Des says that in order to successfully keep users, you need to do more than just convince them to try your new technology or beautifully designed product: you need to communicate that you’ll help them “get the job done,” whatever job that may be. In order to successfully do this, you have to talk to the customer — yes, even the founder should have experience talking directly with your target users. When you hear their needs, wants, and desires directly, you’ll be able to figure out how to create and position your product to help them with whatever job they need to do.

Onboarding Users

Des defines onboarding as anything that occurs from between expressing an intent to use the product, and when they are actually fully able to use it. He says most founders and companies design an onboarding program, then forget about it. Within reason, each time there is a major change in your product, you should go back to your onboarding process and ensure it still adequately helps get the customer to being able to successfully use the product. Sometimes, this can be done through optimizing the page (making small adjustments), but often, it requires a redesign of at least some components.

Get the Customer through the Trial Period

If you think your product doesn’t have a trial period, Des says you’re wrong. Every product has a trial: every user has their own trial period to determine if the product or service provides them value. This is an important time to communicate with and support your users (and it’s why drip email campaigns have become an integral part of early communications strategies). This is also an important time to be soliciting feedback from your new customers: whether or not they are finding value, you need to understand why, and improve what you can.

Continue reading This Week in Startups: Thinking Through the Funnel with Des Traynor, co-founder of Intercom

LAUNCH Festival Speaker Line-Up: March 2-4, Fort Mason, SF

We’ve got an amazing line-up of founders and investors for the LAUNCH Festival this year and I wanted to share some of the crazy, awesome projects we’ll be showing and discussing:


How would you like to get from New York to California in 45 minutes? How about shipping containers full of electronics from Chinese factories to the port of Long Beach in two hours — instead of 14 days, and partly across an absurdly polluted frontier? Hyperloop is bringing us closer to that dream, thanks to co-founders Shervin Pishevar and Brogan BamBrogan.

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Keith Rabois has a fascinating new real estate startup, Opendoor, that will buy your home on the spot — truly a groundbreaking concept to create a fluid market for homes (which are one of the slowest assets you can move). He just raised $20 million in a new round of funding.


One of the legendary investors in Silicon Valley, George Zachary (CRV), and I will sit down and talk with one of the legendary creators in technology, Sebastian Thrun, who brought us Google Glass and now the surging Udacity (where anyone can take a course from Intro to Data Analysis, to Deep Learning, to Advanced Android App Development — for free).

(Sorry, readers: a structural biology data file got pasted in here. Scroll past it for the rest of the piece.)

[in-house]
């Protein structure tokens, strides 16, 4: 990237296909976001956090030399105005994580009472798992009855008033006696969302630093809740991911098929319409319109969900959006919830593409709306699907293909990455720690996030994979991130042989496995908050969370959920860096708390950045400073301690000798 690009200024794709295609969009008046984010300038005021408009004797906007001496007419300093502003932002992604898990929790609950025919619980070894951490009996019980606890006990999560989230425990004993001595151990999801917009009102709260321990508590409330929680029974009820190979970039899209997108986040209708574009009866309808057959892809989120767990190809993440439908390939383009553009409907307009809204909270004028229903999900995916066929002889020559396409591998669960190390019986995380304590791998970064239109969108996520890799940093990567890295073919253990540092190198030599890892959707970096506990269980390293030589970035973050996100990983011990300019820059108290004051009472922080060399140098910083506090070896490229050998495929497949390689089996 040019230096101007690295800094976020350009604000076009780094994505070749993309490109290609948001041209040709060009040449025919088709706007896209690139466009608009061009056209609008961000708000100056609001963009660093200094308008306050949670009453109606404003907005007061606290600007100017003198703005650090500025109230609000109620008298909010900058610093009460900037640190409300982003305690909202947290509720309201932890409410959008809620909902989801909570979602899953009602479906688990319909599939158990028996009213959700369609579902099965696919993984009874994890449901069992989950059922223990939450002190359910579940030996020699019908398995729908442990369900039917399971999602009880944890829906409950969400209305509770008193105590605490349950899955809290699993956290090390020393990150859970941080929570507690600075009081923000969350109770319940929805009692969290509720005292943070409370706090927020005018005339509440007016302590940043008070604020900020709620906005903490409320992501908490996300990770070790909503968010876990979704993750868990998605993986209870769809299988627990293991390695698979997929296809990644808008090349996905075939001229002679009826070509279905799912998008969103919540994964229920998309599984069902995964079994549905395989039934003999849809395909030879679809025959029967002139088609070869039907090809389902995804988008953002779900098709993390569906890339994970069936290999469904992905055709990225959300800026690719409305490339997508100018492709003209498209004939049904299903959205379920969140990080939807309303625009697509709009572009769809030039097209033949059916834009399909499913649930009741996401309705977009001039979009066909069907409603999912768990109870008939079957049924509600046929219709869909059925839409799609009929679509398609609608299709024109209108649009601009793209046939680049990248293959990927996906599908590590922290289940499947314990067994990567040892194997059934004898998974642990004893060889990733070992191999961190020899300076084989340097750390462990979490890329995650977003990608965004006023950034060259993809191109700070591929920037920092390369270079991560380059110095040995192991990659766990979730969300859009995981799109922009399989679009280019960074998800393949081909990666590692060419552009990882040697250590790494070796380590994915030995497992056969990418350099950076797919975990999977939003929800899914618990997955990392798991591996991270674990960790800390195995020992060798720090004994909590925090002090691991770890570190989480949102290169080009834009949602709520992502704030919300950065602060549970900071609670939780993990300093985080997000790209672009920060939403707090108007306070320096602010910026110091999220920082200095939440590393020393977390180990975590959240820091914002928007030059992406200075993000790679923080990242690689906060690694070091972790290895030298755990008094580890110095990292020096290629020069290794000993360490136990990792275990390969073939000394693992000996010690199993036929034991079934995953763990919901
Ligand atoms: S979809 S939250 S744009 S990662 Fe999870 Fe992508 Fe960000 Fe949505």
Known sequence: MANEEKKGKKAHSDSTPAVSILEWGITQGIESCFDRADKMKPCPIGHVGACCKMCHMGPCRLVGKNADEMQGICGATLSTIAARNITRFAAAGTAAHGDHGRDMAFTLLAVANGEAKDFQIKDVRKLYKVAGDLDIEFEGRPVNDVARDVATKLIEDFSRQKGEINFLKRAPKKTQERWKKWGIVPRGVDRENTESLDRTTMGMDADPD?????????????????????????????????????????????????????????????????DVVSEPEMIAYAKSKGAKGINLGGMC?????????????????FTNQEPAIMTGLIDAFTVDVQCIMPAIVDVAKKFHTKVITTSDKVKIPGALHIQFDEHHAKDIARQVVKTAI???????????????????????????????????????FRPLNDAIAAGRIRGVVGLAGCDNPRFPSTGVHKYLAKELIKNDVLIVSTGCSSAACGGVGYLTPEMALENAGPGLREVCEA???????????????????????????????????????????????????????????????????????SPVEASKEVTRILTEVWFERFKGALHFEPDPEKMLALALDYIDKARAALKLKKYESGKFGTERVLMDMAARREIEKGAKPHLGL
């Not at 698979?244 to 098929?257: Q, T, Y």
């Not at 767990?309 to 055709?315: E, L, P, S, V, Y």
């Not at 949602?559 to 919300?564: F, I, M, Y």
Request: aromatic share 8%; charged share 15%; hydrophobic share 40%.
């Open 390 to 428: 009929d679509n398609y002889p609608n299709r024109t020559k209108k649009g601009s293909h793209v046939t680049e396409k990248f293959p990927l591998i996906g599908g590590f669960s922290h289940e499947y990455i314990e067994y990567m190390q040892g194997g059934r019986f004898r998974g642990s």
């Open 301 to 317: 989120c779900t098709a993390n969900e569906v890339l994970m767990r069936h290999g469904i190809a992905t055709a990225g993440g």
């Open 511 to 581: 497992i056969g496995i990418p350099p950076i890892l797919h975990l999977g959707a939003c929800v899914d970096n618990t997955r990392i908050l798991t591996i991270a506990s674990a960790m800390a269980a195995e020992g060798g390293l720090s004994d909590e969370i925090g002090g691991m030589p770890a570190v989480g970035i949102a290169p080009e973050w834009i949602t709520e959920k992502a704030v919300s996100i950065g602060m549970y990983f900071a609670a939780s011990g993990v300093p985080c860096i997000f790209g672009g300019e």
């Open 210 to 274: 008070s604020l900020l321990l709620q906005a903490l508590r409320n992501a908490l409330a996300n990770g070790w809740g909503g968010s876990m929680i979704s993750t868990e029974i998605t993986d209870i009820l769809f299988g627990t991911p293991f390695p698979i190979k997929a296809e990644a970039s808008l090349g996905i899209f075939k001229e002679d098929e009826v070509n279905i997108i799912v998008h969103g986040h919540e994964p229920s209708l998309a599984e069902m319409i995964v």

3D printing has had a couple of stops and starts in its decade-long trek, but Joseph DeSimone’s Carbon3D promises to change all that. It’s basically the next big step to us all having a replicator from Star Trek, in my mind.


A new startup from my incubator will debut that will replace Starbucks with robots. I’m not kidding, it’s insane.

Continue reading LAUNCH Festival Speaker Line-Up: March 2-4, Fort Mason, SF

This Week in Startups: Alec Ross, Senior Advisor for Innovation for SecState Hillary Clinton & author of “Industries of the Future”

In episode 622 of This Week in Startups, Jason sits down with Alec Ross, author of The Industries of the Future to discuss technology, employment, and the future of the United States economy (as well as the world). Their conversation ranges from Alec’s experiences working as Senior Advisor for Innovation for Hillary Clinton during her tenure as Secretary of State to how unemployment rates in the U.S. differ from elsewhere, from robots and technology replacing (some) jobs in the future to Alec’s three greatest global fears — and much more. Check out some of the main talking points below to spark your curiosity for the full episode.

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Working with the Secretary of State

Jason and Alec spend the first part of their conversation discussing Alec’s tenure working with Hillary Clinton. They both share personal insights into Clinton’s character and her desire to understand and empower innovation in the future of the U.S. Despite her commitment to knowledge and technology, one of the most salient stories told was about her understanding the importance of family and life outside work. Alec tells how she would often leave the office to work from home, so that her team could go home to spend time with their families.

Robots Will Replace (Some Of) Us

But probably not for the jobs you think. While robots and automation have consistently moved in to replace manual, repetitive tasks, Alec spends time exploring how the rise of AI and cognitive machines means that robots will also be able to do semi-cognitive, semi-routine tasks that have previously been done by humans. This isn’t for the worst: historically, he says, being replaced by a machine has almost always resulted in a shift in the working force toward more efficient uses for human time.

The Polarization of Wealth is a Problem

Alec spends some time discussing how massive wealth inequality is a problem, but it has also resulted in the quality of life improving for almost everyone over time. While massive wealth has been accumulated by some, many of these people have turned around and given back — either through private philanthropy, research, or by affecting policy change on a global scale, such as the fight against AIDS in Africa.

Continue reading This Week in Startups: Alec Ross, Senior Advisor for Innovation for SecState Hillary Clinton & author of “Industries of the Future”